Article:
Two bills have been acted upon this week that show the Legislature has very little concern for our Tribal relations. One, a change to oil taxes that lowers the tax rate again. The other, allowing our state to respectfully recognize the Tribes within our borders by displaying their flags in the Capitol. One passed the chamber they were in, the other failed. Take a guess.
The House approved another reduction in the oil tax rates on Wednesday. HB 1166 introduced by Rep. Al Carlson and a couple of other House members would remove the trigger created in 2015 that would raise the rate to 6% just below the rate voters approved through initiated measure. The new trigger was created as a flawed compromise during the heated 2015 debate when the Republican Legislature reduced the oil tax by 23%.
The new tax reduction introduced by Carlson is accompanied by a fiscal note that says there won’t be an impact because this trigger has not been active yet. Because of that, we will never know how the state and the MHA nation potentially will lose millions of oil revenue over the life of our oil development. How convenient for the Legislature and the Tax Commissioner’s Office.
Like the oil tax reduction in 2015, the Mandan, Hidatsa and Arikara Nation were opposed to HB 1166. I wrote about the oil tax agreement between the state and the MHA Nation in January. This is the second time in the four years of the agreement the Legislature has unilaterally altered it without the consent of the MHA Nation. Chairman Mark Fox indicated in his testimony on the bill the MHA Nation may be forced to pull out of the agreement. This may lead to dual taxation and confusion on the oil industry. If so, the blame lands squarely on the Legislature and their lack of respect.
The North Dakota Senate joined in the effort to continue the tribal-state relation strain Tuesday when they defeated SB 2287. The bill, introduced by Senator Richard Marcellais, would have placed the flag for each Native American tribe in North Dakota on display in the memorial hall of the Capitol. A simple bill that would show respect and follow Governor Burgum’s lead in trying to mend the fractured relationship. The final vote was 23-21, falling one vote short of the 24 votes needed for passage.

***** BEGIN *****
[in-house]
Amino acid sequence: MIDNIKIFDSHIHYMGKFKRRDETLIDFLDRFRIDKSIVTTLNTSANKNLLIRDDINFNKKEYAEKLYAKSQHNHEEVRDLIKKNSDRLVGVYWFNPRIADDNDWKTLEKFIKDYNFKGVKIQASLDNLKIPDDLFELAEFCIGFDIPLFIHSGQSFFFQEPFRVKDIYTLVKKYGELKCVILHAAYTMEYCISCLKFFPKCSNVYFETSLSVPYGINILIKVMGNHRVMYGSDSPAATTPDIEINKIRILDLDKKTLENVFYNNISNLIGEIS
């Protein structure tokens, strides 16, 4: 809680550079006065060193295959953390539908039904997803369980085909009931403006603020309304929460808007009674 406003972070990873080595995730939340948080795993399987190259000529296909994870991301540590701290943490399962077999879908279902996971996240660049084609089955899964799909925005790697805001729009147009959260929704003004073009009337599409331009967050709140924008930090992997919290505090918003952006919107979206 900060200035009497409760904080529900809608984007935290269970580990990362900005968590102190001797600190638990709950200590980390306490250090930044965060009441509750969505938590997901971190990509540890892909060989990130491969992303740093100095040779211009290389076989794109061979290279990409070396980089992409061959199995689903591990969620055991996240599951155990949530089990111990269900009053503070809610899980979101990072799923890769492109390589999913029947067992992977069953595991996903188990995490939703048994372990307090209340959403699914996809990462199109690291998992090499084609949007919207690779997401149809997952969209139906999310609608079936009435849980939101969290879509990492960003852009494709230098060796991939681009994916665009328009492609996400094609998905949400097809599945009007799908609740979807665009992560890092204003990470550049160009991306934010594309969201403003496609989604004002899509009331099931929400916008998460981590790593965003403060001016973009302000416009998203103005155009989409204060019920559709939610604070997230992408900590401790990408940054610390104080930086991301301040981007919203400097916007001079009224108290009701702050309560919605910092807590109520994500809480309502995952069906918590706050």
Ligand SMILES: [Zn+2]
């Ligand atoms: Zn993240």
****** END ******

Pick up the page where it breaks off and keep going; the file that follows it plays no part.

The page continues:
Senator Marcellais is a member of the Turtle Mountain Band of Chippewa Indians, a Vietnam Veteran, and an all around good man. Unfortunately, many of his efforts are defeated due to partisan politics. He fights damn hard for Native American and Veteran issues in the state.
This is not his first attempt at getting the Capitol to display our Tribal flags as a sign of mutual respect. In 2015, SB 2240 was introduced and defeated in the Senate 21-26. The argument then? The Capitol Grounds Planning Commission can do this if they want. Well, they haven’t and thus why the bill is back.
The bill takes on a new role in 2017, however. The defeat comes after the Legislative Management Committee canceled the Tribal Address to the 65th Legislative Session. The message sent by the 65th Legislative Session: We don’t welcome your concerns or objections to our actions and we damn sure don’t want to be reminded of it daily when we walk past your flags in the Great Hall.
The majority would be wise to follow the leadership from Governor Burgum and the minority party in this instance.